Eric Eichinger and the Lord of Legands – The Real Superhero (Part 1)

John FarrellBy John Farrell14 Minutes

John Farrell: Could you please tell me a little bit about your book, Lord of Legends?

Eric Eichinger: So, I’m just really excited about this book because I’ve collected comic books for a long time, and I’ve really enjoyed watching movies and television shows and reading books and all sorts of things. Whether it’s James Bond, Indiana Jones, or Marvel or DC, or what have you, we all love them.

I started to recognize when I got older and studying theology there’s a particular pattern of the hero’s journey that most every hero will go on. And I started to recognize that this is really Christ’s glory story of how He redeems the world. This whole idea of one day this Chosen One is going to come from afar and save the world and these big concepts. So, I recognized this is really Jesus’ story. And I wanted to write a book that was able to point people from the secular toward a conversation about the sacred Christ and open that doorway of conversation to share Jesus.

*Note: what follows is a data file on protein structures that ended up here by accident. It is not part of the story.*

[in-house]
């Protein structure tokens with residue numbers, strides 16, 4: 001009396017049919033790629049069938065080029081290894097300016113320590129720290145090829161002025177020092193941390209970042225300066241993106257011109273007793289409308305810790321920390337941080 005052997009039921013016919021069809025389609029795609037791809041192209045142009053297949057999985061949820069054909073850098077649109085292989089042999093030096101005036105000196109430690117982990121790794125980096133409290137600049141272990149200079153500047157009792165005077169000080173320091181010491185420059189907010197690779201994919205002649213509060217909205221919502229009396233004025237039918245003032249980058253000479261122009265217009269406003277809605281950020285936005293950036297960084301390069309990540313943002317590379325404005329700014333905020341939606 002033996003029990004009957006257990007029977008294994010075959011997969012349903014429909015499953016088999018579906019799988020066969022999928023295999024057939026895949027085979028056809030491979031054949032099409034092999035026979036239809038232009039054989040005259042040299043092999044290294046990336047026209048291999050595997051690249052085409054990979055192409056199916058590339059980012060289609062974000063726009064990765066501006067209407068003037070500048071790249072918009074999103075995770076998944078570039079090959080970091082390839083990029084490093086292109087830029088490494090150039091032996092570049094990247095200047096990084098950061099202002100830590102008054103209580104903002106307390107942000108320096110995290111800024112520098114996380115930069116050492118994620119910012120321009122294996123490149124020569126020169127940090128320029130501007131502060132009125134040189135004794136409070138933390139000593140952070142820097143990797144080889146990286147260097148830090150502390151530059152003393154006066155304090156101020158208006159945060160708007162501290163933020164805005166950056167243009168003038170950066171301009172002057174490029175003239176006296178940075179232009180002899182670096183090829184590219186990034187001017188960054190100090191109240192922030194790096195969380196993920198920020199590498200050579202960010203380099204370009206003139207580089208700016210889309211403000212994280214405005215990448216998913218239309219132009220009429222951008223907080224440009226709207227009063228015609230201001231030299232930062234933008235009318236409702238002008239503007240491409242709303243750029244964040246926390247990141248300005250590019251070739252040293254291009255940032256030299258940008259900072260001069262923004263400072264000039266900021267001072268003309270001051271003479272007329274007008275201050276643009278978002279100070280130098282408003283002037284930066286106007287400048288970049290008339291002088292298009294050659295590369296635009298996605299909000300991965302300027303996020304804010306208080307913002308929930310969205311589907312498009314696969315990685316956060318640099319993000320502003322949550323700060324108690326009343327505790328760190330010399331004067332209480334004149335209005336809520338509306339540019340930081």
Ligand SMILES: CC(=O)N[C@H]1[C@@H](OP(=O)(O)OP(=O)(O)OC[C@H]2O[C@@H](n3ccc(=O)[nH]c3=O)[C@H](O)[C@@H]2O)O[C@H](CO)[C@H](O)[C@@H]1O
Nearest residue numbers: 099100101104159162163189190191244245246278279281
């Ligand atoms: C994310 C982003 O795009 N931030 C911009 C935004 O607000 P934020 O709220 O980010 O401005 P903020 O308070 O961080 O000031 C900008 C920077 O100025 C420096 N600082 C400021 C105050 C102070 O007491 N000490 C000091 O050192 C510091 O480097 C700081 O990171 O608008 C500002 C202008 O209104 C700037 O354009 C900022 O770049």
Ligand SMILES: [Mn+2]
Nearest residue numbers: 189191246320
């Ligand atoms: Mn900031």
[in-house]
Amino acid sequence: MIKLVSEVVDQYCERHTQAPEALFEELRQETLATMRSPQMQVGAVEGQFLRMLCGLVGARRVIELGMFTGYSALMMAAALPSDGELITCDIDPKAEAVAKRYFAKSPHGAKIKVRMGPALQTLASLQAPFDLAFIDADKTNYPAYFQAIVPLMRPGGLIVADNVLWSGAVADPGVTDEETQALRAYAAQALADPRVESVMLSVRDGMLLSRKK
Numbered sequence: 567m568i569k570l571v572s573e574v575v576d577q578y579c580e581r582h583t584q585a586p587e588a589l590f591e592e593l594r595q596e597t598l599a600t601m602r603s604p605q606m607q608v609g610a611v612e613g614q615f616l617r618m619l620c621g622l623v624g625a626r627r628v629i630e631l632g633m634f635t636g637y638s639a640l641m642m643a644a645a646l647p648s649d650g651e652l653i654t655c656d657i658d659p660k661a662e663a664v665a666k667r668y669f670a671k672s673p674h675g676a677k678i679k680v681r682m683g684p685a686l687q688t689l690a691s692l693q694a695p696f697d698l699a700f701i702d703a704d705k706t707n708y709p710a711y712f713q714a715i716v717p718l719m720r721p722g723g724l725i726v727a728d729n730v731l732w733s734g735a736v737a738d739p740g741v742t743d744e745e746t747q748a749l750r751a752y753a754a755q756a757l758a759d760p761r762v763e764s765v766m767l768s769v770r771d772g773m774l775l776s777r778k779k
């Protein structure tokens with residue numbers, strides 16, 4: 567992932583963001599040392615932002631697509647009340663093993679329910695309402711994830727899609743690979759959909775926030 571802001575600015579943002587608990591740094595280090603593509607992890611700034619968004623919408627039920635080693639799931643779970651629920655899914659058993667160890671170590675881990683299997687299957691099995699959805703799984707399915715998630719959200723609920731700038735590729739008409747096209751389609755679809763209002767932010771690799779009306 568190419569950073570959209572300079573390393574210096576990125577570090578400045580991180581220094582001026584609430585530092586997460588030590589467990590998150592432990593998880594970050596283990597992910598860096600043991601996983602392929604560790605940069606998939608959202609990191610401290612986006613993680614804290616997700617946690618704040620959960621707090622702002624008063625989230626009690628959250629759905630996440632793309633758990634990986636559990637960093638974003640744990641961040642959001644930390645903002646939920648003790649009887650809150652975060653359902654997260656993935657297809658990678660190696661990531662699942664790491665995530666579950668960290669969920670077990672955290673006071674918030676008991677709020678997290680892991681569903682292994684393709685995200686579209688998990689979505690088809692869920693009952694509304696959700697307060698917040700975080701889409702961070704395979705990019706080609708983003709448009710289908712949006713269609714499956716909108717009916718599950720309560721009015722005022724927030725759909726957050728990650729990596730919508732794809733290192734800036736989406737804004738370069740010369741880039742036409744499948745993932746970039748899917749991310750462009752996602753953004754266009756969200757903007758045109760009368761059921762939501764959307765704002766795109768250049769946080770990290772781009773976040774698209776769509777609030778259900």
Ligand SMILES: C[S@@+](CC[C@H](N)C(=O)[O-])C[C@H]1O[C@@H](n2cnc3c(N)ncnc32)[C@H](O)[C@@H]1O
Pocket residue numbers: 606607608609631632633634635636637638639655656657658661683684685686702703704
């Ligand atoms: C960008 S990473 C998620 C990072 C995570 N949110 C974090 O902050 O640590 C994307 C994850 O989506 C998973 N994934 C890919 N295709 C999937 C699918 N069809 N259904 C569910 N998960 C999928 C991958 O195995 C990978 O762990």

JF: What is the overall message you hope people take from it and why is that message so important today from a cultural perspective?

Eric: Sometimes people can dismiss the secular world entirely. Like the Christian camp. It’s like we wanna have nothing to do with it or make it the forbidden fruit. We want to be able to use it as a vehicle to harness conversation and to talk with people and articulate what we’re observing in culture, but then be able to recognize how it does in fact connect to Jesus or point to Christ and His promise. It opens a doorway for so many conversations.

So, every chapter in Lord of Legends is going to outline one particular sequence of the hero’s journey. And I will draw from the secular, whether it’s a Batman reference or an Indiana Jones reference or a Star Wars reference, or even something like Narnia or Lord of the Rings. I will then transition that into this is where Jesus is doing that particular step and sequence in his redemptive process for humanity and take them into the scripture.

It’s a really fun, rewarding book to write. And I think it’s gonna be an excellent one to read for a variety of readers.

Comic Books and Olympic Hero

JF: What or who inspired you to write Lord of Legends?